Ilove receiving gifts. I think most people do. My expectations aren’t very high these days, so I was pleasantly surprised with all the gifts I received this past Christmas. Even though it was probably the least I have received at Christmas all my life.
But no, this article isn’t a pity party I’m creating with the sneaky motive of asking for gifts. Like I said, I enjoyed the presents I got. Every one of them. Even the lovely blue loofah!
So what’s the point of me saying all this? Well, I noticed over Christmas that gifts are not always received in the way the giver means or hopes. No, I’m not saying I witnessed instances of individuals unwrapping gifts, making a face, thereby leaving the giver upset (imagine that!). Instead, I witnessed a few individuals unwrapping their gifts (long after the givers were gone), and judging the gifts. By saying things like “Oh that must have been on offer”, “I’m sure this is a re-gift”, or “Is he/ she trying to tell me something from this”.
At first I found these observations and inferences funny, quite amusing even. After a while it started to bother me. While I suspected that there was some truth to those remarks, I wondered why the gifts weren’t being received with openness and love. As if each one of them were truly from the giver’s heart, a worthy sacrifice. I guess that’s why people say “It’s the thought that counts”.
Taking some gifts for granted
As I reflected on this a bit more (this turned out to be my post-Christmas meditation fodder), I realised that I’m guilty of the above too. I know that I take many gifts in my life for granted. I simply take, oftentimes with little or no thought given as to the sacrifice or the heart of its source. And if all things come from God, the divine source, then perhaps I have not received from God in a way that He wants me to as well.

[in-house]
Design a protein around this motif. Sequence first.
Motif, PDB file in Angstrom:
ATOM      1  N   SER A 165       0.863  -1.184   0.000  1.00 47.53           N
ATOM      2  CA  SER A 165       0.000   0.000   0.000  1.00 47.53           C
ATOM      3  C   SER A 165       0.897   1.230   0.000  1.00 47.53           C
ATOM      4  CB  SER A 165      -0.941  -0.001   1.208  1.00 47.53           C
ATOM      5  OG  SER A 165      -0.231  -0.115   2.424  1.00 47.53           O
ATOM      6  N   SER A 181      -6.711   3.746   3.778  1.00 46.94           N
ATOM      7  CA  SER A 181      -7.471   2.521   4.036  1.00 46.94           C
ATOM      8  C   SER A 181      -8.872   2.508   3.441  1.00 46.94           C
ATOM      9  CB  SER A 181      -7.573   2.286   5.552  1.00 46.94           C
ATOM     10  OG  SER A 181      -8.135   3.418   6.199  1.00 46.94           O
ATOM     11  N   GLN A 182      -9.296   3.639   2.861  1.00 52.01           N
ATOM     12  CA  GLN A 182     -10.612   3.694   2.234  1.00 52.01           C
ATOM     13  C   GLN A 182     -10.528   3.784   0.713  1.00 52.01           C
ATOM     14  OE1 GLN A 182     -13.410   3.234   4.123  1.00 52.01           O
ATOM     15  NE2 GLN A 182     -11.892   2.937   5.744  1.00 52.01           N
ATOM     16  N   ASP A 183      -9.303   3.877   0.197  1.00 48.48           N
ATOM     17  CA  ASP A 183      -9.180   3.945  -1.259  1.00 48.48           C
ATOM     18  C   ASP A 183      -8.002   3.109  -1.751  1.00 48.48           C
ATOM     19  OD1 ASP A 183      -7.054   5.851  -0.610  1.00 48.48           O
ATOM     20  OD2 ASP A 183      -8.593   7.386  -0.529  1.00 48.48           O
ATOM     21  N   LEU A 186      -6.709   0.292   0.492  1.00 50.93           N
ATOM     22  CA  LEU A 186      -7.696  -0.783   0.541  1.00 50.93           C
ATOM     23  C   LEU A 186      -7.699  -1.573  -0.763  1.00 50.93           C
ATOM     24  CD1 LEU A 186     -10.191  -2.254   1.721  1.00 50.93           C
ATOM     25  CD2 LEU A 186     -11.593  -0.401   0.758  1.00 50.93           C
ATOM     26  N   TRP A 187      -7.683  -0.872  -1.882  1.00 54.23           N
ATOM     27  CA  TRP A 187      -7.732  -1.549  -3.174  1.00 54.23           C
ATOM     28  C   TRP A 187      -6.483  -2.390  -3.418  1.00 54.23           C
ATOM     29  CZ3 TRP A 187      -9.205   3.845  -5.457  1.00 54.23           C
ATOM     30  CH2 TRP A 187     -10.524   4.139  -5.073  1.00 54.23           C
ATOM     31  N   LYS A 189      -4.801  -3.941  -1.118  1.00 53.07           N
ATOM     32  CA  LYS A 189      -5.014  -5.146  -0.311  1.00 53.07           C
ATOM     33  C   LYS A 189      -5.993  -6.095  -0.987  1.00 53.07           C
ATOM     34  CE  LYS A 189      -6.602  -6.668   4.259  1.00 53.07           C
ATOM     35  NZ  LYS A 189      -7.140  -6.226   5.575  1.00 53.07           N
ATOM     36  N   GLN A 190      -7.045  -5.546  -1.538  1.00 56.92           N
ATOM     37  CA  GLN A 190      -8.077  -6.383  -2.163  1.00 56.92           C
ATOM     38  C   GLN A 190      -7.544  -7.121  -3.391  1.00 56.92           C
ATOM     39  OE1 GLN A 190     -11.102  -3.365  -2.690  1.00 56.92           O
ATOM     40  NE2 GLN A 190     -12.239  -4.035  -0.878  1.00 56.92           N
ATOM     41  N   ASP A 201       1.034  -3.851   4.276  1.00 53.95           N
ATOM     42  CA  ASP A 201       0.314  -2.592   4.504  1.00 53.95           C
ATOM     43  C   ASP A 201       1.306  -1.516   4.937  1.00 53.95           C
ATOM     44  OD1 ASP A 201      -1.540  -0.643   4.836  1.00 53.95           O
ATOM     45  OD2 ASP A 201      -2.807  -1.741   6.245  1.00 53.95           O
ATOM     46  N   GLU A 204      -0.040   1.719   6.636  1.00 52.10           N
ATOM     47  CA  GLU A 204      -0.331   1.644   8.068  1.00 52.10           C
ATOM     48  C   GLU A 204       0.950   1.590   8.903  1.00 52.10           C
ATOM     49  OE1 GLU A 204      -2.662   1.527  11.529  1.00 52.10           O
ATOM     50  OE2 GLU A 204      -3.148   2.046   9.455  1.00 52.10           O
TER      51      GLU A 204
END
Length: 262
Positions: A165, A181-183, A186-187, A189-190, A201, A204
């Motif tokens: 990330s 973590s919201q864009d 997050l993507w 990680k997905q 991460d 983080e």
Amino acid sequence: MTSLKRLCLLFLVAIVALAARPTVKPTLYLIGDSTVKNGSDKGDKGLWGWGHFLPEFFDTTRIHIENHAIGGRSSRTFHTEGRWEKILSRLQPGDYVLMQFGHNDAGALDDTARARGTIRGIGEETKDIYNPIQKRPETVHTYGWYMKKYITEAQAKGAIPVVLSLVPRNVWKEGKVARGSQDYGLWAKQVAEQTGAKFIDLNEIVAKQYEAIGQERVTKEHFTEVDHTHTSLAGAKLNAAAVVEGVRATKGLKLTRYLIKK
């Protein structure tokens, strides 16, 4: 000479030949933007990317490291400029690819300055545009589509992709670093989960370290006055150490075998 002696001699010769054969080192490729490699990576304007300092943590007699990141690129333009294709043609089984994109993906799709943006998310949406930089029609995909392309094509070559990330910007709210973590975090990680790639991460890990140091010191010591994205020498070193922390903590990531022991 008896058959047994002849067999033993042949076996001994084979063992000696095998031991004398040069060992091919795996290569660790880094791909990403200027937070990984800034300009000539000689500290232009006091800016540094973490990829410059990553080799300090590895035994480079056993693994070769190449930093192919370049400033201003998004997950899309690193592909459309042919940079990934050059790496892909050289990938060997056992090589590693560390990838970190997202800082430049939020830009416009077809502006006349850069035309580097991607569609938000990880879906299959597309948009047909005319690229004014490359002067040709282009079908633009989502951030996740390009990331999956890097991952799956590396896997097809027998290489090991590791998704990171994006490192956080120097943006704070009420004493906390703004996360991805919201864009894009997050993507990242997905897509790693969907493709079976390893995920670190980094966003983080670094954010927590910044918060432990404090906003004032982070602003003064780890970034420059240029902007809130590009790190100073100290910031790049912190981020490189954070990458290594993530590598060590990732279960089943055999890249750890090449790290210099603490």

So here’s a thought: at Christmas, with all the giving and receiving, did we receive the greatest gift of them all in a way the Father meant us to? That was rhetorical, of course. Besides, Jesus is given every day to us, and will take our lifetimes to receive. The good thing is though, we have our liturgy to help. It’s structured in such a way that we are invited to constantly appreciate the gift that is Jesus not just at Advent, but through Lent and ordinary time too.
Delighting in the Lord
So let’s try and make that our focus every day this year – I know I will: to receive fully from God – all the love and blessings, Jesus especially – and just delight in them. And delight in Him, too.
After all, His love is always on offer, His love when received makes us want to share/re-gift it, and He is always trying to tell us of His character through His love.
Ah, looks like I know what will keep my mind busy as I scrub my skinny self in the shower this year with my lovely blue loofah!
Keith is a fool, a fool for Christ. Presently called to explore different ways truths can be communicated creatively, he is constantly surprised by God and His creative power. Current interests include comedy and drama.